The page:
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UMass women’s basketball falls to Hartford, snaps three-game winning streak -

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Brison Gresham makes long awaited debut for UMass men’s basketball -

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The true backbone of America -

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Letter: Craig’s Place to fight against fatal budget cuts -

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Enduring the 2016 Tower Run at Du Bois Library -

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C.J. Anderson, Malik Hines each have career nights in UMass men’s basketball’s win over Wagner -

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Panelists talk about their experiences with incarceration in the Feinberg Lecture Series -

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Suzanne Fenton discusses the effects of early life chemical exposure -

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Christmas tree farmers discuss effects of New England drought on their harvest -

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UMass men’s basketball’s frontcourt looks to build on solid start to season -

November 30, 2016

Rob Thomas set to rock Boston on heels of new album

Tonight, Rob Thomas will take the stage at the Citi Performing Arts Center in Boston to sing songs from his new album “Cradlesong.” Audience members can expect to hear hits from his multi-platinum debut “…Something to Be,” as well as Matchbox 20 hits, the band from which Thomas got his fame. Thomas is set to perform after this summer’s breakout band One Republic opens the show at 7:30 p.m.

“Cradlesong” is something new for Thomas and Matchbox 20 fans, who may be used to hearing powerful rock anthems. In an interview, Thomas admitted that artists “go through different phases when you’re writing; it took a different turn, and I just followed it, too,” giving reference to the album’s use of rhythms and beats from South America and Africa. On his official website, he goes so far as to refer to “Cradlesong” as a “musical hybrid.” This new take, however, was not seen in the first two singles from the album, “Her Diamonds” and “Someday,” both of which have been well received.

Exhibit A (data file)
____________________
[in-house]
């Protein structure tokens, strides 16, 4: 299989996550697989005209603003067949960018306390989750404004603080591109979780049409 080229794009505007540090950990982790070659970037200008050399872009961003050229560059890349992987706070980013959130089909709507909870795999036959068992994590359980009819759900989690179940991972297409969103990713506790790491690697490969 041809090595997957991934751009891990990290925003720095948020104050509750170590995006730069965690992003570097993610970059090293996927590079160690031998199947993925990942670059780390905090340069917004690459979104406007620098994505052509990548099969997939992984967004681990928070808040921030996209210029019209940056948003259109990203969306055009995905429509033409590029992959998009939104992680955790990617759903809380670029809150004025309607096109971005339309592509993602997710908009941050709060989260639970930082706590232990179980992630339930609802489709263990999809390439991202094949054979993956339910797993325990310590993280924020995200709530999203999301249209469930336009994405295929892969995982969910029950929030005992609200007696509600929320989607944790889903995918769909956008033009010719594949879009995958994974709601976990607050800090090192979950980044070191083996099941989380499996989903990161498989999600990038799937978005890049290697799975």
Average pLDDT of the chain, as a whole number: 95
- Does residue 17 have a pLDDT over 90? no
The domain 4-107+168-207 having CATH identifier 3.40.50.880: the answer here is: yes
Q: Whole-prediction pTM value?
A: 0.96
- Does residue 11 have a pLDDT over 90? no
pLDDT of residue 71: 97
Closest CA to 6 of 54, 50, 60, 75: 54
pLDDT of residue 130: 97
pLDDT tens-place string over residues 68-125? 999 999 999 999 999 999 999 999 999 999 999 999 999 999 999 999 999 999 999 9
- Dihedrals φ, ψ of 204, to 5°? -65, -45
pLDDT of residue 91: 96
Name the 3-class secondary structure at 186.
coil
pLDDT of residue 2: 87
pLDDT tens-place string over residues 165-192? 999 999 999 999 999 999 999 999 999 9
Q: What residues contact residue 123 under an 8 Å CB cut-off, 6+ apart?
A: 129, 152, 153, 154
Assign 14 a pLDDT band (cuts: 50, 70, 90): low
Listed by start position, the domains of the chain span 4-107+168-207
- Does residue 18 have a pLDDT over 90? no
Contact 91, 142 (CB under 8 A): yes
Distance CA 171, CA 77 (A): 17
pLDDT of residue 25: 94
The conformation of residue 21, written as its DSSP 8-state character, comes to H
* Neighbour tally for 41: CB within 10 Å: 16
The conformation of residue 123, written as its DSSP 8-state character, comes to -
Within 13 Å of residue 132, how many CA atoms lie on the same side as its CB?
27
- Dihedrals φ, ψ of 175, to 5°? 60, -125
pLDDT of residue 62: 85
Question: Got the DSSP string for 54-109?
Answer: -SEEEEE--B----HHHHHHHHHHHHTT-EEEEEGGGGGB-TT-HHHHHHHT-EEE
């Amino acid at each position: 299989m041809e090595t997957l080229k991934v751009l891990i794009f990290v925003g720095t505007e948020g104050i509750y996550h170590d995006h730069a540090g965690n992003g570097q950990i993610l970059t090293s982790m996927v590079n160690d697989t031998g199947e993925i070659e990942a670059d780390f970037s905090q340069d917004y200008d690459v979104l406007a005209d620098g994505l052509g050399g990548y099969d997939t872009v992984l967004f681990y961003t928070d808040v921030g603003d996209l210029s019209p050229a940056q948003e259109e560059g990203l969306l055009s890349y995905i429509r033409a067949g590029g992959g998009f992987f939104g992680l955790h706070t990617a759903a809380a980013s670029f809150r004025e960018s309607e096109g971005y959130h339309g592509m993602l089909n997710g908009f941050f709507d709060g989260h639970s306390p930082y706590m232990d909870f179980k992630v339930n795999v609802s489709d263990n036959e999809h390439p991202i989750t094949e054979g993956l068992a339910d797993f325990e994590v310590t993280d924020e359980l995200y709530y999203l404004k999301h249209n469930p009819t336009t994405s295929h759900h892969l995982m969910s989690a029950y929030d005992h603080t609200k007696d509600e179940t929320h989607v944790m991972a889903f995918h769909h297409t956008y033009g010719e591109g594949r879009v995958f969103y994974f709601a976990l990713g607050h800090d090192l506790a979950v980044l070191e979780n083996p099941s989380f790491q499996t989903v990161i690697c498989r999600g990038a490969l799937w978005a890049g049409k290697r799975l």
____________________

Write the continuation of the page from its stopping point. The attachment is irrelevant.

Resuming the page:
“Her Diamonds,” which hit airwaves last summer, has been attributed to Rob Thomas’ experience dealing with his wife Marisol’s longtime battle against lupus. Thomas, a known family man, co-wrote every song on the album. He told Entertainment Weekly that many of the songs on “Cradlesong” are about being in troubled relationships, which seems to be a staple in his solo advances as well as megahits from Matchbox 20.                     Many of Matchbox 20’s singles were written by Thomas. The band, which is still intact today despite Thomas’s budding solo career, found its origins in Orlando 15 years ago. Following a band hiatus after rhythmic guitarist Adam Gaynor’s departure from the group in the winter of 2005, Thomas spotted his chance to become a true singer-songwriter. On his website Thomas says, “Over the years, the other guys have evolved as writers. Now that I have a solo outlet, we can be more creative together; we can be a band and really explore what Matchbox can become – the best of what it can be – without my ego as a songwriter getting in the way.”

“Cradlesong,” which was released June 30, 2009, debuted after a 2007 Matchbox 20 reunion album “Exile on Mainstream,” which garnered good reviews. This new album, originally slated for a May release, was recorded and mixed in a Los Angles studio. The delay can be attributed to a direction reversal, as the album was supposed to be a reworking of Paul Simon’s “The Rhythm of the Saints.”

The tour, which has no official name, began in Hollywood, Fla., giving homage to Thomas’s roots, on Sept. 23 and ends Friday in New York City before it picks up again for a few smaller venues in the beginning of December. Boston fans will be rejoicing, since Rob Thomas’s “Something to Be Tour” did not hit this city last time around.

Music, and all that encompasses it, is something that seems to come naturally to Thomas. To everyone in the crowd in Boston this evening, it will make sense as well.

Kate MacDonald can be reached at kaitlynm@student.umass.edu.

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